Current algorithms and prognostic factors in the treatment of metastatic renal cell carcinoma
Carcinoma, Renal Cell
Clinical Trials as Topic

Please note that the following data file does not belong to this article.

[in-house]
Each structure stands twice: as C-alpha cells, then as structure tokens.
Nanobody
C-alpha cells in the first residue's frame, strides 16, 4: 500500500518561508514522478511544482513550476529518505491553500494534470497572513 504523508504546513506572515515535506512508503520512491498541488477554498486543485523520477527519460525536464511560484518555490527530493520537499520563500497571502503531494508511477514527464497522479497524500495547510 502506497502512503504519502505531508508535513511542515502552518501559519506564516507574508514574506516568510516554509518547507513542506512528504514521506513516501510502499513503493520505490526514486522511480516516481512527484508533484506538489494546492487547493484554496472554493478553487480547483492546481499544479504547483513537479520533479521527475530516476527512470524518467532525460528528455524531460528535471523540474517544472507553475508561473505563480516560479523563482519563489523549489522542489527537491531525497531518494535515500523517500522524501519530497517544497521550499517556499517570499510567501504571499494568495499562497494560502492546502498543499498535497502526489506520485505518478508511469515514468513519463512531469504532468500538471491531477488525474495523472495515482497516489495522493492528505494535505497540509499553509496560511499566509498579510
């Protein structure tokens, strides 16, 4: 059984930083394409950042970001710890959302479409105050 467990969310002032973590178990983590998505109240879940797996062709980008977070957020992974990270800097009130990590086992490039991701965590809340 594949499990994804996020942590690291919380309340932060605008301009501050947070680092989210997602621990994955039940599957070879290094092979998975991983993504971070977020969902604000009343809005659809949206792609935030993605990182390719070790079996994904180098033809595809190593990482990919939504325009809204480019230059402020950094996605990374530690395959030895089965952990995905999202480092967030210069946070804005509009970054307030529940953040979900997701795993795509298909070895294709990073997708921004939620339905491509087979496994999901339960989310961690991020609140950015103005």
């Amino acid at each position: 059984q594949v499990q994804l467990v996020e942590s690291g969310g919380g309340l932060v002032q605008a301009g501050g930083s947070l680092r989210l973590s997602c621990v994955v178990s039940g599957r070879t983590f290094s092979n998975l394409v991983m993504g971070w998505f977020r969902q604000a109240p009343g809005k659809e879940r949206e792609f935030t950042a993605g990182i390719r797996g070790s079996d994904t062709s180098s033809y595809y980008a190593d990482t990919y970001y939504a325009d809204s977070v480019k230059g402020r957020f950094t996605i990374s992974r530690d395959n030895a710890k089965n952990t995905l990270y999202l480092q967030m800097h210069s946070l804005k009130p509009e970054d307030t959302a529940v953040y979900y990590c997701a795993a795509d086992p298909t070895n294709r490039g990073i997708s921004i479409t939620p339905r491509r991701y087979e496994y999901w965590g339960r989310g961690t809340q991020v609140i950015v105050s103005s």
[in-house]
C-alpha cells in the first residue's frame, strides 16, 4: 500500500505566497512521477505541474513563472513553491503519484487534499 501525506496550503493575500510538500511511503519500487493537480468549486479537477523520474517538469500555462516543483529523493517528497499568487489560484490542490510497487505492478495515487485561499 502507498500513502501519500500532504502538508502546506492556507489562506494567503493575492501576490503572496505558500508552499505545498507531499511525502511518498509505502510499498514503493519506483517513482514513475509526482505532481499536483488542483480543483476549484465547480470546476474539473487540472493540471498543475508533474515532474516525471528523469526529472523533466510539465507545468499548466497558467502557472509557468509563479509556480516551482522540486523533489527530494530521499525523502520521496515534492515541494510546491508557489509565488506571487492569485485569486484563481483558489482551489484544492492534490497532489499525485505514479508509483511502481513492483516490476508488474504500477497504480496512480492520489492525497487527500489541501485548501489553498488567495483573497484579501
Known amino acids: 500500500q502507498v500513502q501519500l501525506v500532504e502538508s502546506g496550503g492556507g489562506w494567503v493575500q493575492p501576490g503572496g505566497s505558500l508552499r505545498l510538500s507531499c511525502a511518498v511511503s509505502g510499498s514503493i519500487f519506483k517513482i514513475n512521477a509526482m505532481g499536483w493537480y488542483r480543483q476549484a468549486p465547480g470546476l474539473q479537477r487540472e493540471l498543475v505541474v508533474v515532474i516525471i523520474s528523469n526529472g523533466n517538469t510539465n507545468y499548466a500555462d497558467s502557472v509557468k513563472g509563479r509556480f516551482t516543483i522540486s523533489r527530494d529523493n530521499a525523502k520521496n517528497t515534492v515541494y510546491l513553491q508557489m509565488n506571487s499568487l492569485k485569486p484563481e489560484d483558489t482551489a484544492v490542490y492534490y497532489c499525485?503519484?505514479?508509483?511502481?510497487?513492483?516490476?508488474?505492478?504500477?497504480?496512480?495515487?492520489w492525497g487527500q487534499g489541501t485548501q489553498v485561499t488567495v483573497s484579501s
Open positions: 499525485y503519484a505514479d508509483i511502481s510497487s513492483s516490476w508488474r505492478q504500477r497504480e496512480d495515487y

Metastatic renal cell carcinoma (RCC) is highly resistant to chemotherapy but responds modestly to cytokine therapy. The prognosis for long-term survival is poor. Approximately 10% of patients who present with metastatic disease or relapse after nephrectomy are alive at 5 years. Identification of prognostic or predictive factors for individual patient outcomes is necessary in order to develop tailored treatments that reduce the risk of relapse and enhance the chance of successful management. The relationship between pretreatment clinical features and survival has been evaluated in studies leading to the creation of a Memorial Sloan-Kettering Cancer Center (MSKCC) risk model. Additionally, the cloning of the von Hippel-Lindau tumor suppressor gene, and the elucidation of its role in upregulating growth factors associated with angiogenesis, has provided insight into RCC biology and defined a series of targets for novel therapeutic agents. These targeted agents, including sunitinib, sorafenib, temsirolimus, everolimus, and bevacizumab plus interferon-alpha, have shown benefit in phase III trials in first- and second-line therapy. Analysis of the data from these trials and use of prognostic models have resulted in a new paradigm for the treatment of metastatic RCC. Herein, we review these targeted agents, the MSKCC risk model, and the new paradigm for treatment of metastatic RCC.